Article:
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Joseph Gordon Levitt and Sandman: The Growing Concern by Alex Correa

With the holiday season creeping up and winter weather blasting away at the pre-winter landscape of Toronto, pop culture elements that tend to mark this time of year are sending many into a frenzy.

A Peter Jackson Lord of the Rings movie coming out in theatres? Yes.

New consoles to reignite the war amongst gamers young and old? Check.

The latest teasers and trailers for much-anticipated science fiction movies slated for release next year? Oh my, yes.

Oddball comic book movie casting news to enrage everyone? No, that happened a few months ago when Battfleck was announced. Wait, what's that? Joseph Gordon Levitt has signed on as producer for Sandman? So he is automatically assumed (by many frantic fans online) to be directing the picture as his follow up to Don Jon? He is also expected (again, online comic fans are in a frenzy) to star as the anthropomorphic personification of dreams, Lord of the Dreaming and member of the Endless, Morpheus? Now THIS is what December needed.

While some are quick to judge Levitt's smaller frame and youthful physical presence many still remember, and perhaps resent, the bile directed Heath Ledger's way after the announcement of his portraying the Joker in 2008's The Dark Knight. And we all know how that turned out.

But, as you know, the internet is the internet and people will hate needlessly, whether it's sincere or not. However, can it be said that JGL has displayed the range as an actor to convincingly play a character like Morpheus/Sandman? To be honest, no he has not but to also be fair, not very many have. With the names that get tossed around for the shortlist of possible candidates, Adrien Brody and Benedict Cumberbatch are the only ones that I would stand behind, and that would mostly be on a superficial level.

In reality, there is no clear cut way to properly cast a role for a character with many iterations, many forms, and several incarnations of those forms without resorting to CGI. Ah, CGI... Where would Hulk be without you? Stylistically, it's probably not necessarily since it's just Morpheus of the Endless and not a forty foot lizard tearing through a city. However, it is an option available in 2013, albeit a lazy option.

As I see it, Morpheus' physical presence is ever changing and ever morphing and that is largely dependent on the tone or direction of the story arc. A story about dreaming cats brings about a feline Morpheus. An Elizabethan era tale starring William Shakespeare will call for Sandman's attire to reflect that time period. When you consider that the entirety of Neil Gaiman's run flittered from grisly horror to romantic fantasy and everywhere in between, the possible choices for story direction may not matter much on the actor portraying the Dream King, but on the director that will be chosen for the project.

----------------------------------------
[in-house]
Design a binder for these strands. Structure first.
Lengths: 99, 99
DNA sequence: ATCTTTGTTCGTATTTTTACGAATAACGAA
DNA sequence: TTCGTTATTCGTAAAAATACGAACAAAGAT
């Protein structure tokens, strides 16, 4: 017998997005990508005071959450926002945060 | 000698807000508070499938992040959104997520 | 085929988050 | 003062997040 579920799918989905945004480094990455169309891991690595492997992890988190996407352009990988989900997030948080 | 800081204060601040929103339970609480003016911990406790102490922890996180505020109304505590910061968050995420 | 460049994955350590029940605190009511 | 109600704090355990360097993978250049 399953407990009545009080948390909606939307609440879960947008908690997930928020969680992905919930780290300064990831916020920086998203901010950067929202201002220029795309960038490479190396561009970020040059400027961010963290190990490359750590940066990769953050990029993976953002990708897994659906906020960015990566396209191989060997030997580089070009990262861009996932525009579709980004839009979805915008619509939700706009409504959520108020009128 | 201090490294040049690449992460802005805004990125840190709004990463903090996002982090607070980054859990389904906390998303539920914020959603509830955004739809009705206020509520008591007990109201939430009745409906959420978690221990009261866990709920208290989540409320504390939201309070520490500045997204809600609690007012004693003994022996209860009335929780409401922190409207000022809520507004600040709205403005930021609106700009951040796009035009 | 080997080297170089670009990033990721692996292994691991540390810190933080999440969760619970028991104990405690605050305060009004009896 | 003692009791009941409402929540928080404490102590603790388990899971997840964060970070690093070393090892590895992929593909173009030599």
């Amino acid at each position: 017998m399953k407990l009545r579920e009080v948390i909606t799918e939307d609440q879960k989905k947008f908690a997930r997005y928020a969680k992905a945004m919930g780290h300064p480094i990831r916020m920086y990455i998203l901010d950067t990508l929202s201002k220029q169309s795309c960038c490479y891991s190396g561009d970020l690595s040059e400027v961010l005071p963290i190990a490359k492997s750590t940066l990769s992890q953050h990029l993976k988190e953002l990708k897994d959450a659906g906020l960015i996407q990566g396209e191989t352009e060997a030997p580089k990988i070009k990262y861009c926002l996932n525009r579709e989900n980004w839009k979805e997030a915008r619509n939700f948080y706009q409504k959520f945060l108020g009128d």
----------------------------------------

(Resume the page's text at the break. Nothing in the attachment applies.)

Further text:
Maybe the most important question, and also most overlooked, is who has the directorial chops to craft this potential masterpiece? The gonzo, acid-trip style of Terry Gilliam that feels dream-like to begin with? A dark urban fantasy filled with intricately designed works from the mind of Guillermo Del Toro? The overtly gothic feel and look from Tim Burton that would no doubt star Johnny Depp? Or will Joseph Gordon Levitt step up and give it a shot despite being a relatively new face in the directing game?

Well, they all have distinct visual and storytelling styles that would fit perfectly into any given Sandman story. But this is THE Sandman story. The one which all others will be measured up against. Arguably the greatest graphic novel narrative of all time, critically acclaimed and widely beloved. It has crossed the line of being merely a "good comic story" to a literary text. It's almost like this has happened recently? Oh yes.

Watchmen.

Many had their minds made up before the films release due to what Zack Snyder brought to the table (slow-motion action shots) and what he couldn't bring to the table (a subdued amount of slow motion action shots). After the film's release, many agreed that it wasn't THAT bad or, at the very least, not as bad as it could have been (with a staggeringly low amount of slow-motion action shots). The biggest problem with the film was that it was an almost exact replication of the book save for updated costumes for the latex fetishists out there. It may sound like a compliment but it was actually the movie's biggest flaw. Why watch a condensed and streamlined version of the greatest graphic novel of all time when you can read the book and enjoy all its subtleties, nuances, incredibly thought out panel structure and epilogues?

Sandman faces the same potential problem. Where Snyder got it wrong, Peter Jackson most definitely got it right in regards to faithfulness to the source material. Just how far do you go in the interpretation of one of the most impactful and inspirational graphic novels ever created?

JGL's involvement in this franchise does open up a whole set of concerns, especially at this stage of development and all the traction it is gaining. There are unfair associations, fears and critiques being made when the only thing fans know at the moment is that Levitt is involved in a project that he is very enthusiastic about. It is a shame that his name overshadows the other names involved, one of them being David S. Goyer. Not the most reassuring name to hear as screenwriter, that is unless you were a big fan of the made for television Nick Fury: Agent of SHIELD movie starring David Hasselhoff. On the other hand, Neil Gaiman's name has been thrown into the mix and that should be comforting... Right? Or are we still worried about Goyer?

Alex Correa writes for 22 Pages and is actually worried about David S. Goyer's involvement.